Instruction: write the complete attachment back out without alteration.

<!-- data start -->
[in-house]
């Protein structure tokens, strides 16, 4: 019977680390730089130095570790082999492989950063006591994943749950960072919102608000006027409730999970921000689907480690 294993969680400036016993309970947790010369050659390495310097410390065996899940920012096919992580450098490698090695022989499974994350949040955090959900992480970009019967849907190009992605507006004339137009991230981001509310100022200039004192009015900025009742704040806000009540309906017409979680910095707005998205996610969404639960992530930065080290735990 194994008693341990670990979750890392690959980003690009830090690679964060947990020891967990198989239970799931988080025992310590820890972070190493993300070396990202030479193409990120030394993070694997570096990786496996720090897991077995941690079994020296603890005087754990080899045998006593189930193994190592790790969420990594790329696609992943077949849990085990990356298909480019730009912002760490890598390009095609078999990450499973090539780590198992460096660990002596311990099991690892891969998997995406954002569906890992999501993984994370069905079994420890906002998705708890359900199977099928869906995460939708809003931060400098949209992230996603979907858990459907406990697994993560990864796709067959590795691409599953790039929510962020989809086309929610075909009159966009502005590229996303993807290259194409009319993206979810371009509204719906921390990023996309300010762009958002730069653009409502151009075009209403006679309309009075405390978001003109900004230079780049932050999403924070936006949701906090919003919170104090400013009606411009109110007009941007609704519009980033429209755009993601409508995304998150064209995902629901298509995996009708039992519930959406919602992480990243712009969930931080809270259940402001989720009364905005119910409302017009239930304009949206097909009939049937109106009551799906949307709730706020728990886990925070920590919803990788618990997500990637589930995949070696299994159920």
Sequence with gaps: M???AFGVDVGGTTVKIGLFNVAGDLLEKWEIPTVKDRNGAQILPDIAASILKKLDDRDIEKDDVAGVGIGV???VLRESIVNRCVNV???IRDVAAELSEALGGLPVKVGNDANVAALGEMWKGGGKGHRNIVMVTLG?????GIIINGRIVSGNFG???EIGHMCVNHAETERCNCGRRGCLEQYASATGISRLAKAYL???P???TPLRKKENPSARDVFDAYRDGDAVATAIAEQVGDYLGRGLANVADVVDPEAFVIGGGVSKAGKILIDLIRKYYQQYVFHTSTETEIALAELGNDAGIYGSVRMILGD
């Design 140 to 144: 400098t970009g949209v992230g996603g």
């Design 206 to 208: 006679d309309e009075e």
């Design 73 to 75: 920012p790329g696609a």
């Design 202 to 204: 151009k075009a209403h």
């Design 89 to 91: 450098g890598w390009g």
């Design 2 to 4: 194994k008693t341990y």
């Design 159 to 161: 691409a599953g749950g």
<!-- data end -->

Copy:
[in-house]
């Protein structure tokens, strides 16, 4: 019977680390730089130095570790082999492989950063006591994943749950960072919102608000006027409730999970921000689907480690 294993969680400036016993309970947790010369050659390495310097410390065996899940920012096919992580450098490698090695022989499974994350949040955090959900992480970009019967849907190009992605507006004339137009991230981001509310100022200039004192009015900025009742704040806000009540309906017409979680910095707005998205996610969404639960992530930065080290735990 194994008693341990670990979750890392690959980003690009830090690679964060947990020891967990198989239970799931988080025992310590820890972070190493993300070396990202030479193409990120030394993070694997570096990786496996720090897991077995941690079994020296603890005087754990080899045998006593189930193994190592790790969420990594790329696609992943077949849990085990990356298909480019730009912002760490890598390009095609078999990450499973090539780590198992460096660990002596311990099991690892891969998997995406954002569906890992999501993984994370069905079994420890906002998705708890359900199977099928869906995460939708809003931060400098949209992230996603979907858990459907406990697994993560990864796709067959590795691409599953790039929510962020989809086309929610075909009159966009502005590229996303993807290259194409009319993206979810371009509204719906921390990023996309300010762009958002730069653009409502151009075009209403006679309309009075405390978001003109900004230079780049932050999403924070936006949701906090919003919170104090400013009606411009109110007009941007609704519009980033429209755009993601409508995304998150064209995902629901298509995996009708039992519930959406919602992480990243712009969930931080809270259940402001989720009364905005119910409302017009239930304009949206097909009939049937109106009551799906949307709730706020728990886990925070920590919803990788618990997500990637589930995949070696299994159920």
Sequence with gaps: M???AFGVDVGGTTVKIGLFNVAGDLLEKWEIPTVKDRNGAQILPDIAASILKKLDDRDIEKDDVAGVGIGV???VLRESIVNRCVNV???IRDVAAELSEALGGLPVKVGNDANVAALGEMWKGGGKGHRNIVMVTLG?????GIIINGRIVSGNFG???EIGHMCVNHAETERCNCGRRGCLEQYASATGISRLAKAYL???P???TPLRKKENPSARDVFDAYRDGDAVATAIAEQVGDYLGRGLANVADVVDPEAFVIGGGVSKAGKILIDLIRKYYQQYVFHTSTETEIALAELGNDAGIYGSVRMILGD
């Design 140 to 144: 400098t970009g949209v992230g996603g």
């Design 206 to 208: 006679d309309e009075e």
């Design 73 to 75: 920012p790329g696609a």
């Design 202 to 204: 151009k075009a209403h």
């Design 89 to 91: 450098g890598w390009g």
């Design 2 to 4: 194994k008693t341990y």
């Design 159 to 161: 691409a599953g749950g």